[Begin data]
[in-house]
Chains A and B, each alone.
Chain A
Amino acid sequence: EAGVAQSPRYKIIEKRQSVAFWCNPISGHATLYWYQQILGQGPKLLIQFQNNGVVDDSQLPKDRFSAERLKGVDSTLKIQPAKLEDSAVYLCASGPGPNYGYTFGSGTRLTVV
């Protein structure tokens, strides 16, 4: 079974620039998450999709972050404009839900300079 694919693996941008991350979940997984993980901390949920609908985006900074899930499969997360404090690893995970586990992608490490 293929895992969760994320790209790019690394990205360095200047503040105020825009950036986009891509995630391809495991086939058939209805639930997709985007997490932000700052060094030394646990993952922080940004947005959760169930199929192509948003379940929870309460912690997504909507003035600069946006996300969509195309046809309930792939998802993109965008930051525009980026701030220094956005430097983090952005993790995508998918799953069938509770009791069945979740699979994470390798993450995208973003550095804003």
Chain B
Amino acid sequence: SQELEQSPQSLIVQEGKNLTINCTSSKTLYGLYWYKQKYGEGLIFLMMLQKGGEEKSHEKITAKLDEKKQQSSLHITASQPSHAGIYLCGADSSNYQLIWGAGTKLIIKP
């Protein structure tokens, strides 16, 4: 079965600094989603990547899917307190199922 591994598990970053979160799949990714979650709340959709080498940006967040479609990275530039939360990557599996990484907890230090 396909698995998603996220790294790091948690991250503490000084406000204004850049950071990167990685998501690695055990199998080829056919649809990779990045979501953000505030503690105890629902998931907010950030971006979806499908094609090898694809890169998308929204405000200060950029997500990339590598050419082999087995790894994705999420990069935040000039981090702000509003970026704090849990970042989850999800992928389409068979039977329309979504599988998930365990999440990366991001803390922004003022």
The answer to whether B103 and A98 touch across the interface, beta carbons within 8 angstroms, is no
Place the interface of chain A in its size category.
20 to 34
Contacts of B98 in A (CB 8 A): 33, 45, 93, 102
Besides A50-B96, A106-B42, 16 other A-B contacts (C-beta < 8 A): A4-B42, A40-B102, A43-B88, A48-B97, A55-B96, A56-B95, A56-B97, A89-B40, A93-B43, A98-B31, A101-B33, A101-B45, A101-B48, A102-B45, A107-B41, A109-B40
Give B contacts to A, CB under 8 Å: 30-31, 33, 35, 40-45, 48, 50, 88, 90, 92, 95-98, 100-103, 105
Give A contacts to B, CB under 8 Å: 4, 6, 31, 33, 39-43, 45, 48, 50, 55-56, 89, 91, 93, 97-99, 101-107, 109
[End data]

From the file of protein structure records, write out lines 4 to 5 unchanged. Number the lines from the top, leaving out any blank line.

Amino acid sequence: EAGVAQSPRYKIIEKRQSVAFWCNPISGHATLYWYQQILGQGPKLLIQFQNNGVVDDSQLPKDRFSAERLKGVDSTLKIQPAKLEDSAVYLCASGPGPNYGYTFGSGTRLTVV
């Protein structure tokens, strides 16, 4: 079974620039998450999709972050404009839900300079 694919693996941008991350979940997984993980901390949920609908985006900074899930499969997360404090690893995970586990992608490490 293929895992969760994320790209790019690394990205360095200047503040105020825009950036986009891509995630391809495991086939058939209805639930997709985007997490932000700052060094030394646990993952922080940004947005959760169930199929192509948003379940929870309460912690997504909507003035600069946006996300969509195309046809309930792939998802993109965008930051525009980026701030220094956005430097983090952005993790995508998918799953069938509770009791069945979740699979994470390798993450995208973003550095804003």